How about a second server?

Is it possible to have a 2nd YH server, running on the same IP?

The reason is that I have one huge website for which I would like to have a dedicated server.

I think the correct answer is “no but yes”
A YunoHost server expect to have it’s own IP, and needs it to generate https certificates for exemple.

But if the second server is only to host a site, or anything in fact, you can always use the redirect app on the front server to reach the second.

This app is quite light, but 100% of the packets going to the second server will be handled by the frontal (which will also manage the https with real certificases, the second one will only be able to use auto-signed, or rome you genirated and put in)

That’s something I was afraid of…

So set the domain on the main server and forward its domain to IP address?

It should work.

But I’ve seen things about duplicates local names recently, but I do not remember where, and it should be checked, just in case.

How to actually set this up?

What DNS rules should be added and how to not conflict with the ports of the main server? Can you create a little tut maybe of how you think that it should be done??

I might be better off with creating an 2nd VPN like I did with my main server: Homemade WireGuard VPN on a VPS server???

Can nobody tell me this? Sad me… Maybe a master and slave server solution? With an app so that the second server tags into the master? I never wrote a YH app but hmmmm…

I think you will not have both servers directly on the Internet.
Only one will be, and will act as a reverse proxy so the other one, which is only on the local network, will be reachable (it will have acess to Internet, but Internet will not have access to it).

I have this kind of settings:

I’ve been make it work with the following:
On yuno1, domain is set in classic way. Nothing special regarding DNS at the registar: A and AAAA point to IPv4 of the internet box and IPv6 of the yuno.
On yuno2, domain is set also in classic way, DNS A point to the same IPv4 as yuno1 and AAAA to the IPv6 address of the server.

The internet box sets all trafic to Yuno1 local IP.

Now, on yuno1, I have added a nginx file /etc/nginx/conf.d/ with following:

server {
        listen 80; #port 80 pour http pour IPv4
        listen 443; #port 443 pour https pour IPv4
        listen [::]:80; #port 80 pour http pour IPv6
        listen [::]:443; # port 443 pour https pour IPv6
        access_log /var/log/nginx/subdomain_access.log;
        error_log /var/log/nginx/subdomain_error.log;
        ssl_certificate /etc/yunohost/certs/crt_subdomain.pem;
        ssl_certificate_key /etc/yunohost/certs/key_subdomain.pem;

        location / {
                proxy_pass      https://local_IP_of_Yuno2;
                proxy_redirect off;
                proxy_set_header Host $host;
                proxy_set_header X-Real-IP $remote_addr;
                proxy_set_header  X-Forwarded-Proto $scheme;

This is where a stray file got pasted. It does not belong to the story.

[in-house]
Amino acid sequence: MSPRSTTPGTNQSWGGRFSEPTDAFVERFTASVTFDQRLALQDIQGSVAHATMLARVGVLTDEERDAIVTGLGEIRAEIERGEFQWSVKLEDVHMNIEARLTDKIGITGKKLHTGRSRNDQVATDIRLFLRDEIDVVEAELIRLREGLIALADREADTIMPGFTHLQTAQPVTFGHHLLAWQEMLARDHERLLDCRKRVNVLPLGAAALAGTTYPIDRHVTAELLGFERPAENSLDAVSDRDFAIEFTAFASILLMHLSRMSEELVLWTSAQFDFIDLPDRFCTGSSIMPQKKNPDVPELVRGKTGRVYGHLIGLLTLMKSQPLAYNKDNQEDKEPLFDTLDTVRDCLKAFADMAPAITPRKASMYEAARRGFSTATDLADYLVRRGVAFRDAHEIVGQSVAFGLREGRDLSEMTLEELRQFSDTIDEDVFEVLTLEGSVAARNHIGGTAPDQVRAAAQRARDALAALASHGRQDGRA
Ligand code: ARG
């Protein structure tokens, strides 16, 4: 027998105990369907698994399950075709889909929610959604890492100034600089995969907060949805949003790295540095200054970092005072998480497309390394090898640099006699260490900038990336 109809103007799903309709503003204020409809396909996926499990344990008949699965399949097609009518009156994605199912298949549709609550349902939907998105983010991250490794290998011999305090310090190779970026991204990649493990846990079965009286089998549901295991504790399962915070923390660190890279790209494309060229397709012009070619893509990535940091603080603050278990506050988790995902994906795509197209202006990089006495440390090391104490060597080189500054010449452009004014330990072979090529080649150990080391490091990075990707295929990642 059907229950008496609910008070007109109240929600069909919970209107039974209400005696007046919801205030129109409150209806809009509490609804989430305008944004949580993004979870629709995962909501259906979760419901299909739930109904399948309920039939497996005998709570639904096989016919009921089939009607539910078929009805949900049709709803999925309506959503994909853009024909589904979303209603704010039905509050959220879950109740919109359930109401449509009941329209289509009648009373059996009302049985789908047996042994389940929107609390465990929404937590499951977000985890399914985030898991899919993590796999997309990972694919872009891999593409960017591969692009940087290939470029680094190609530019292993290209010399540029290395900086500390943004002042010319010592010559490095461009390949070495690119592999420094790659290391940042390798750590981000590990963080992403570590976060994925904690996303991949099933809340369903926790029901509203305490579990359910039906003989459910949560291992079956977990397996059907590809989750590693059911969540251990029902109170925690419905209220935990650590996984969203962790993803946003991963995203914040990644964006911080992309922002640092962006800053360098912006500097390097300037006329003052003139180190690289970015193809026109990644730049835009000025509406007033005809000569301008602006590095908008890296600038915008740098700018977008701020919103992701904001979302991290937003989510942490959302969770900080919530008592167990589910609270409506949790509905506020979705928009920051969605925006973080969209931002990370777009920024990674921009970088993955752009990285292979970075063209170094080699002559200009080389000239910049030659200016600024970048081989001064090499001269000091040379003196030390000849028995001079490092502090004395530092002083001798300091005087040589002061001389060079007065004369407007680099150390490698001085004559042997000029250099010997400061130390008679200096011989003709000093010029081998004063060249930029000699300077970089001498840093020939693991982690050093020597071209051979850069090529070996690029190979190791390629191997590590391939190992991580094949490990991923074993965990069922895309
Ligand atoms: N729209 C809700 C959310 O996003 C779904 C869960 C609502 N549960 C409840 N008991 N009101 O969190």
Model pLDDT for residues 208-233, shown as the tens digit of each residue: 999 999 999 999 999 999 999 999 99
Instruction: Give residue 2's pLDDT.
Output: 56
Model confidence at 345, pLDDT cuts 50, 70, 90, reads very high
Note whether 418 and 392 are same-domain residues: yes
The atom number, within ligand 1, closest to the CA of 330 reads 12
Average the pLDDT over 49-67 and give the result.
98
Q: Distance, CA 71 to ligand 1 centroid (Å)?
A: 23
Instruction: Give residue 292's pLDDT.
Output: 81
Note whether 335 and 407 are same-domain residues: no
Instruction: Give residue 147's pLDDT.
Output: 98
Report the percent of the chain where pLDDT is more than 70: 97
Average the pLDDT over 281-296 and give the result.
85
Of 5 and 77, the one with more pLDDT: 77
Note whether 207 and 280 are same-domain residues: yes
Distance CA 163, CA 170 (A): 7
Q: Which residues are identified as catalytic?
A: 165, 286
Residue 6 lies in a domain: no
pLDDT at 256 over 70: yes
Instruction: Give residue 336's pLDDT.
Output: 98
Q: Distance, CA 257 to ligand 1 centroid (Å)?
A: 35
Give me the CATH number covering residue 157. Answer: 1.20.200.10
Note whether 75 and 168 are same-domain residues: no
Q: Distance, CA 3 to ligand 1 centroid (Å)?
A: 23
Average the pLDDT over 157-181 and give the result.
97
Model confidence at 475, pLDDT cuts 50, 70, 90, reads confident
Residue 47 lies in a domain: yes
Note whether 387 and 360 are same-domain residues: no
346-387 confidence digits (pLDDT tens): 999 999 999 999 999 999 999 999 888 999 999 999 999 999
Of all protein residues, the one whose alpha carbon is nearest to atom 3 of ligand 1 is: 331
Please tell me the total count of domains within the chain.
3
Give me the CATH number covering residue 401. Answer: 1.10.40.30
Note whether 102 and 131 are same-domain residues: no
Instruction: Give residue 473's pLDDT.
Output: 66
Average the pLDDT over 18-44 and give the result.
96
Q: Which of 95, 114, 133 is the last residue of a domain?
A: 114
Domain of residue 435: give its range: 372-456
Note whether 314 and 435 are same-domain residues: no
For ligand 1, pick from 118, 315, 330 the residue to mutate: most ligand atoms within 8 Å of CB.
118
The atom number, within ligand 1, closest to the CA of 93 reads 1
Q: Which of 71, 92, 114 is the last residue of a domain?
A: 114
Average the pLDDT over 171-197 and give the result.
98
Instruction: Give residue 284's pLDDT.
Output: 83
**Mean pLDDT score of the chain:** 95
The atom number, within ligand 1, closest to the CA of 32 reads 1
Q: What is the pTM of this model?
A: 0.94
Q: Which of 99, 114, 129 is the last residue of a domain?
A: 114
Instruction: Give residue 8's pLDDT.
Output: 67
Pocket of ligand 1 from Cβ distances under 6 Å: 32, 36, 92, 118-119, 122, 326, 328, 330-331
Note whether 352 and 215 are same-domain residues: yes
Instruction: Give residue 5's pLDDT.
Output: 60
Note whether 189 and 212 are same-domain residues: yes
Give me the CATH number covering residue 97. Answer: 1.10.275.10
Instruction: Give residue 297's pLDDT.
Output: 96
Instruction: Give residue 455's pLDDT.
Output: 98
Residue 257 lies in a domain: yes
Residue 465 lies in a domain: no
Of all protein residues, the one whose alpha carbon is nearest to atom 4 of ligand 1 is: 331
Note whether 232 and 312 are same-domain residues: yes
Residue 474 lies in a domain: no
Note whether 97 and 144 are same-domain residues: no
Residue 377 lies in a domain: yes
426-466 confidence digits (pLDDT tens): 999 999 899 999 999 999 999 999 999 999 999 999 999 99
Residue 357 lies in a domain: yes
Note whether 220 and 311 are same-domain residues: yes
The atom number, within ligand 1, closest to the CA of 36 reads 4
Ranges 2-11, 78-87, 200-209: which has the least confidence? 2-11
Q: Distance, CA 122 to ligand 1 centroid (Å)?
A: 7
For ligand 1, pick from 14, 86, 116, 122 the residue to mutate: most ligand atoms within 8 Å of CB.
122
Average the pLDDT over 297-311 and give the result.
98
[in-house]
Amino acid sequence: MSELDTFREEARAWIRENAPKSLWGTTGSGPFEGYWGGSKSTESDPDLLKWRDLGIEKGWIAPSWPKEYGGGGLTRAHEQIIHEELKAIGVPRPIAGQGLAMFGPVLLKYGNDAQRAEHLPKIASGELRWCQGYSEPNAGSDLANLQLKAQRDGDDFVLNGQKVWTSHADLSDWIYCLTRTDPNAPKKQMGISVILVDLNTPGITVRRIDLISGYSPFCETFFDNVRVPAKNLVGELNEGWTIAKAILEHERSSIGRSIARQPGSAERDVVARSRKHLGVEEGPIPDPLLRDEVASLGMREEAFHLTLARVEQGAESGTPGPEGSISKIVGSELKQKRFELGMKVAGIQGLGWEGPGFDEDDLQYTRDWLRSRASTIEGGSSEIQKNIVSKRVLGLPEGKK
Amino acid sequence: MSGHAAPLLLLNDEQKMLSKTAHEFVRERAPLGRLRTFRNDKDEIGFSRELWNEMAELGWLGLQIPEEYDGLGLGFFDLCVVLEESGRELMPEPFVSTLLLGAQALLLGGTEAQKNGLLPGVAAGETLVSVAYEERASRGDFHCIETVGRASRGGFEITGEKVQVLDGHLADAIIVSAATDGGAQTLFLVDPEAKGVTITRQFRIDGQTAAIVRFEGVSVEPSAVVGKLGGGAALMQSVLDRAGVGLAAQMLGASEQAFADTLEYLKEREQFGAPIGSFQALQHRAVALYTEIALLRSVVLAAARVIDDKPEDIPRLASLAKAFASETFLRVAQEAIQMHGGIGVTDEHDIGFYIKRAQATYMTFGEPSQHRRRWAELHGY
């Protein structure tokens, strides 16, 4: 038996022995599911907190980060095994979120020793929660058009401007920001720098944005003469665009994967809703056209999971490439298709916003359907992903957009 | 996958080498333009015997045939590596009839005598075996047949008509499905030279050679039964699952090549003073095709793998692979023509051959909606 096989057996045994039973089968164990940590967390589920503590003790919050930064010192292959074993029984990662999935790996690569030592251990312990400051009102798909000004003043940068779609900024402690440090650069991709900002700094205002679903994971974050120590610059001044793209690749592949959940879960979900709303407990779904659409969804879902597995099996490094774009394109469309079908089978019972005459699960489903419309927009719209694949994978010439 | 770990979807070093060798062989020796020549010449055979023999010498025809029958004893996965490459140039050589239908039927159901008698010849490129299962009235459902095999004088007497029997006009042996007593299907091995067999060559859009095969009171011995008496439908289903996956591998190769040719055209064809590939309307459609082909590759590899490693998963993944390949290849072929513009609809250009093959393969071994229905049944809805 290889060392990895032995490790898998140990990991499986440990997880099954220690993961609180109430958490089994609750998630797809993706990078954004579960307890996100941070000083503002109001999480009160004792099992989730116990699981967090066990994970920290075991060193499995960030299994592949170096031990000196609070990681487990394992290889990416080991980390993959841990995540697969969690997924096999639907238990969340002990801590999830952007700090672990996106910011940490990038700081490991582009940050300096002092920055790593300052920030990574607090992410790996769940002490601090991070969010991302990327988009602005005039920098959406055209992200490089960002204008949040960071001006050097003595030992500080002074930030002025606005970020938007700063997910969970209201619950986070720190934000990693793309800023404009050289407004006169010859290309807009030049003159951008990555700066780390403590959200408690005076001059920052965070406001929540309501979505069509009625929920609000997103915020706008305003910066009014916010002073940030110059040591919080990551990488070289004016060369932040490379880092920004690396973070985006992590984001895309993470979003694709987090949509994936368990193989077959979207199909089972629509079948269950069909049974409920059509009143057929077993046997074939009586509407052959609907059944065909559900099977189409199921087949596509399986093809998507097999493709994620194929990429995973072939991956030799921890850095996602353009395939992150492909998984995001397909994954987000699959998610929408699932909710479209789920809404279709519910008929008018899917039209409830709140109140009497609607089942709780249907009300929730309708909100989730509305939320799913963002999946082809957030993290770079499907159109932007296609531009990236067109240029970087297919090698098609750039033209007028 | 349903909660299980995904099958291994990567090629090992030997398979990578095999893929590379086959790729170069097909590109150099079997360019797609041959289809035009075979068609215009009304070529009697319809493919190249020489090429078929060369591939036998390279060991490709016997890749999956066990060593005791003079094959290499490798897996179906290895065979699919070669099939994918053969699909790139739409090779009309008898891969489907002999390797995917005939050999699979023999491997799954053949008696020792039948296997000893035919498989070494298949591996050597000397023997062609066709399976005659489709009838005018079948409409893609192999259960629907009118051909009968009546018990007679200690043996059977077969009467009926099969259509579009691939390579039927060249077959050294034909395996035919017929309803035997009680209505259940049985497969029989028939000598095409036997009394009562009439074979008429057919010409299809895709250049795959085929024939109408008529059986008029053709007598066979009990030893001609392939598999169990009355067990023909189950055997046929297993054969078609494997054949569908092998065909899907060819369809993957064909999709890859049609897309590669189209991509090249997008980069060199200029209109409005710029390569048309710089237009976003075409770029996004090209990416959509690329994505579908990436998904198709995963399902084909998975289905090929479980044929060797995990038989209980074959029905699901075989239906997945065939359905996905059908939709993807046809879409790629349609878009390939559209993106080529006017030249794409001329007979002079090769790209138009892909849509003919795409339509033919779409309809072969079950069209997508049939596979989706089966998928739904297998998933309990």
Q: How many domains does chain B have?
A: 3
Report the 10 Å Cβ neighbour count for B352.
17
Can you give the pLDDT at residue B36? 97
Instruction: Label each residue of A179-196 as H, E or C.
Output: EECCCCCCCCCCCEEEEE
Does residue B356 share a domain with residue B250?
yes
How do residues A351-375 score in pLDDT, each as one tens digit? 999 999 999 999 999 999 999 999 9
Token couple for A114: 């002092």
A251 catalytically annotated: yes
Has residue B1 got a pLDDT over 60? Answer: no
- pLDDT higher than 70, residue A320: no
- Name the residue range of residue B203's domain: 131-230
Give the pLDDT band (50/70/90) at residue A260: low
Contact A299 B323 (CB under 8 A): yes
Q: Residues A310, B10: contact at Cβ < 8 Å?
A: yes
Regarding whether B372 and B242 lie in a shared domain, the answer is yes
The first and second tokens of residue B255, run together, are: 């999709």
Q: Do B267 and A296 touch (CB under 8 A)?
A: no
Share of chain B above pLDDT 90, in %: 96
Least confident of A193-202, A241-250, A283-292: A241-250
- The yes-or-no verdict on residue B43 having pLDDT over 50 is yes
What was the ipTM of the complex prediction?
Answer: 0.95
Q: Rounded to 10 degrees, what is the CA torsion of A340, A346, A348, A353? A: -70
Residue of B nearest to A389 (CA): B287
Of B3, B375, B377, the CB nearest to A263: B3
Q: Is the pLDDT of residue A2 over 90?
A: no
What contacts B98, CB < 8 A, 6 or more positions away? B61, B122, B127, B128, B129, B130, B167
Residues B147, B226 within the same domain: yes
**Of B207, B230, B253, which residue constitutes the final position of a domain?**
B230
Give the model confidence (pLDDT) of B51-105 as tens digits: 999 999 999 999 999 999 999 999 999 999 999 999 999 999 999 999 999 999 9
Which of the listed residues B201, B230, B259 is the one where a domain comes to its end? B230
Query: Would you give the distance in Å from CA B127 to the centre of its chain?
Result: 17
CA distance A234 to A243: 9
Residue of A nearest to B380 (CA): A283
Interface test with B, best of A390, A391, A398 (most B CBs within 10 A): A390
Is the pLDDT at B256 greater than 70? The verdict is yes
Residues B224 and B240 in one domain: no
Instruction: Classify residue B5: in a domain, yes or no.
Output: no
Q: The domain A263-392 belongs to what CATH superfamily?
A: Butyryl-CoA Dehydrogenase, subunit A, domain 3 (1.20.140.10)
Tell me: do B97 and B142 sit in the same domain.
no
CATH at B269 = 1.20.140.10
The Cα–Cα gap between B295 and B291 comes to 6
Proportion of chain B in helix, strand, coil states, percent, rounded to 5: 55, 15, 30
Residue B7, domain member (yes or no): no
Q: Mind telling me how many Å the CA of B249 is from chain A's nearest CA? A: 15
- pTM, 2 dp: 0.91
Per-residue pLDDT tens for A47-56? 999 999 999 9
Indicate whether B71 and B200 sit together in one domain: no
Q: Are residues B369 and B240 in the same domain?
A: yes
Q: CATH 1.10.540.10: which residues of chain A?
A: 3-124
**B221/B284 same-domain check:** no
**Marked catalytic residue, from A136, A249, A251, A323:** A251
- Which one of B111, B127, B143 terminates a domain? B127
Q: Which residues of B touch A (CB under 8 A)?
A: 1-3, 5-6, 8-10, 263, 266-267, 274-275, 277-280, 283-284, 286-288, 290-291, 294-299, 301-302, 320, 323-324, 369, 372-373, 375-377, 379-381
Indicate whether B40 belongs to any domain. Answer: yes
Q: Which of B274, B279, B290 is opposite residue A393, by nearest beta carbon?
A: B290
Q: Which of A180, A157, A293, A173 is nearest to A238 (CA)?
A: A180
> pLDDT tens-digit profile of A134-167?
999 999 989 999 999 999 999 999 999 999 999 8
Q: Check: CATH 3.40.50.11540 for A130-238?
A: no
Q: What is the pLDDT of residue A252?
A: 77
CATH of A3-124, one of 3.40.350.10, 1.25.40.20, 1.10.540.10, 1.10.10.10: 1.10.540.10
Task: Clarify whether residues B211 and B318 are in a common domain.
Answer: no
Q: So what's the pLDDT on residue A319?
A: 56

proxy_set_header X-Forwarded-For $proxy_add_x_forwarded_for;
                proxy_set_header  X-Forwarded-Host $server_name;
                proxy_set_header  X-Forwarded-Port $server_port;

                proxy_set_header Connection “”;
                proxy_http_version 1.1;
                proxy_set_header Upgrade $http_upgrade;
                proxy_set_header Connection upgrade;

                proxy_buffering off;
                proxy_read_timeout 36000s;


This will ensure all trafic for is redirected to Yuno2.

Then, we have to deal with the certificates:
On Yuno2, you have to manually force the letsencrypt certificate generation with
yunohost domain cert-renew --no-checks
The --no-checks is mandatory as the domain is not directly reachable and so yunohost will assume it’s not normal.
Finally, I have a small bash script that copy this certificate from Yuno2 to Yuno1 via scp (this require to have ssh key set up from Yuno2 to Yuno1):


#Check for root
if [[ "$EUID" -ne 0 ]]; then
  echo -e "${RED}You must be a root user${NC}" 2>&1
  exit 99

#yunohost domain cert-renew --no-checks
scp /etc/yunohost/certs/ root@local_IP_Yuno1:/etc/yunohost/certs/crt_subdomain.pem
scp /etc/yunohost/certs/ root@local_IP_Yuno1:/etc/yunohost/certs/key_subdomain.pem

Ensure that the files belong to root:ssl-cert and are rw for root and r for group.
restart nginx on Yuno1 with sudo systemctl restart nginx

With that, I’m able to access Yuno2 with
Of course, they are a lot of warning in the diagnostics, and only the web interface is working (no mail, no xmpp, etc…) but I never looked into as I don’t need them.

I’m sure they are other ways (maybe using the redirect apps), which may be more efficient, but this settings have been working for me for more than 2 years now.

Hope this help.

1 Like


So that first step you took was exactly what I did myself.
But the seems exactly what I was looking for! I cannot try it right now, but I will a.s.a.p. and get back with the results.

But still, I find that these things should be a part of the YH server settings or a dedicated app. Why you might ask? Well because a lot of server software already come with a similar, connect slave to master feature, and It’s also just a nice thing if YH would be scalable. Also, would be awesome to off load tasks to another machine. So the main one get a lot of resources back.

You can give a try to the redirect_ynh app.
You must also have the domain of the server 2 on the server one. You use redirect_ynh on server one to redirect to the second server. The first server manage the let’s encrypt certificat and you use a self-signed on the second server. It should work.

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